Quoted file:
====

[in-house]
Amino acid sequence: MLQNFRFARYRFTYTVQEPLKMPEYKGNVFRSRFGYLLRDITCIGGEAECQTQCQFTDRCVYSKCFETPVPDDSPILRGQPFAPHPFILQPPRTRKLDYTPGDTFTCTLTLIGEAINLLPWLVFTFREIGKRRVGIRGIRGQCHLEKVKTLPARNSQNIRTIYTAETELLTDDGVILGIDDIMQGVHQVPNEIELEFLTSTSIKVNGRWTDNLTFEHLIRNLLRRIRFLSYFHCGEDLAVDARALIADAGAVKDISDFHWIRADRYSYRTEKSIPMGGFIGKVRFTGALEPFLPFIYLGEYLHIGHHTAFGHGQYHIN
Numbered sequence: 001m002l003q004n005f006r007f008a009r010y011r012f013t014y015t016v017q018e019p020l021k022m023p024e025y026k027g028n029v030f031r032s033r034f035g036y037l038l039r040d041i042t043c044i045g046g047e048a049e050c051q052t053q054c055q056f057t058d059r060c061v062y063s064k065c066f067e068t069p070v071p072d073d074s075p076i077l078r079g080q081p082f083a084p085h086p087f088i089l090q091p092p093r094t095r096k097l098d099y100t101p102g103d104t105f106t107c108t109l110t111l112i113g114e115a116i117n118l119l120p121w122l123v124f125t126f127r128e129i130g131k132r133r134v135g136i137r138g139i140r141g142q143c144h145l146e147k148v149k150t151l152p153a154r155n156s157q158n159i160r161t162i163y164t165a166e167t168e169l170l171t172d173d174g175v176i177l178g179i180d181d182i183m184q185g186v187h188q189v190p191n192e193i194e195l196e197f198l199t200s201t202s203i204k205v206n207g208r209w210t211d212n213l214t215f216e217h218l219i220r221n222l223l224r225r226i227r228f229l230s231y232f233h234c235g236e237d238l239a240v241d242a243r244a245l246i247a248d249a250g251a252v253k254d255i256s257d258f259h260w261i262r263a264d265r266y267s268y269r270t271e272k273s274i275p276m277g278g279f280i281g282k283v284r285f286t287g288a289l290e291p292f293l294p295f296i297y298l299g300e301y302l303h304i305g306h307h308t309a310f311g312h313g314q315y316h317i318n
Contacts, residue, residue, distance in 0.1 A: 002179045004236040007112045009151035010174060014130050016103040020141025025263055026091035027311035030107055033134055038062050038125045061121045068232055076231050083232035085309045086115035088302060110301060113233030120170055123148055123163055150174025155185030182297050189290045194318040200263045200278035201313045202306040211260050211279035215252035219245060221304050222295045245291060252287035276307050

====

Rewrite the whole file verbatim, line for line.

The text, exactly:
[in-house]
Amino acid sequence: MLQNFRFARYRFTYTVQEPLKMPEYKGNVFRSRFGYLLRDITCIGGEAECQTQCQFTDRCVYSKCFETPVPDDSPILRGQPFAPHPFILQPPRTRKLDYTPGDTFTCTLTLIGEAINLLPWLVFTFREIGKRRVGIRGIRGQCHLEKVKTLPARNSQNIRTIYTAETELLTDDGVILGIDDIMQGVHQVPNEIELEFLTSTSIKVNGRWTDNLTFEHLIRNLLRRIRFLSYFHCGEDLAVDARALIADAGAVKDISDFHWIRADRYSYRTEKSIPMGGFIGKVRFTGALEPFLPFIYLGEYLHIGHHTAFGHGQYHIN
Numbered sequence: 001m002l003q004n005f006r007f008a009r010y011r012f013t014y015t016v017q018e019p020l021k022m023p024e025y026k027g028n029v030f031r032s033r034f035g036y037l038l039r040d041i042t043c044i045g046g047e048a049e050c051q052t053q054c055q056f057t058d059r060c061v062y063s064k065c066f067e068t069p070v071p072d073d074s075p076i077l078r079g080q081p082f083a084p085h086p087f088i089l090q091p092p093r094t095r096k097l098d099y100t101p102g103d104t105f106t107c108t109l110t111l112i113g114e115a116i117n118l119l120p121w122l123v124f125t126f127r128e129i130g131k132r133r134v135g136i137r138g139i140r141g142q143c144h145l146e147k148v149k150t151l152p153a154r155n156s157q158n159i160r161t162i163y164t165a166e167t168e169l170l171t172d173d174g175v176i177l178g179i180d181d182i183m184q185g186v187h188q189v190p191n192e193i194e195l196e197f198l199t200s201t202s203i204k205v206n207g208r209w210t211d212n213l214t215f216e217h218l219i220r221n222l223l224r225r226i227r228f229l230s231y232f233h234c235g236e237d238l239a240v241d242a243r244a245l246i247a248d249a250g251a252v253k254d255i256s257d258f259h260w261i262r263a264d265r266y267s268y269r270t271e272k273s274i275p276m277g278g279f280i281g282k283v284r285f286t287g288a289l290e291p292f293l294p295f296i297y298l299g300e301y302l303h304i305g306h307h308t309a310f311g312h313g314q315y316h317i318n
Contacts, residue, residue, distance in 0.1 A: 002179045004236040007112045009151035010174060014130050016103040020141025025263055026091035027311035030107055033134055038062050038125045061121045068232055076231050083232035085309045086115035088302060110301060113233030120170055123148055123163055150174025155185030182297050189290045194318040200263045200278035201313045202306040211260050211279035215252035219245060221304050222295045245291060252287035276307050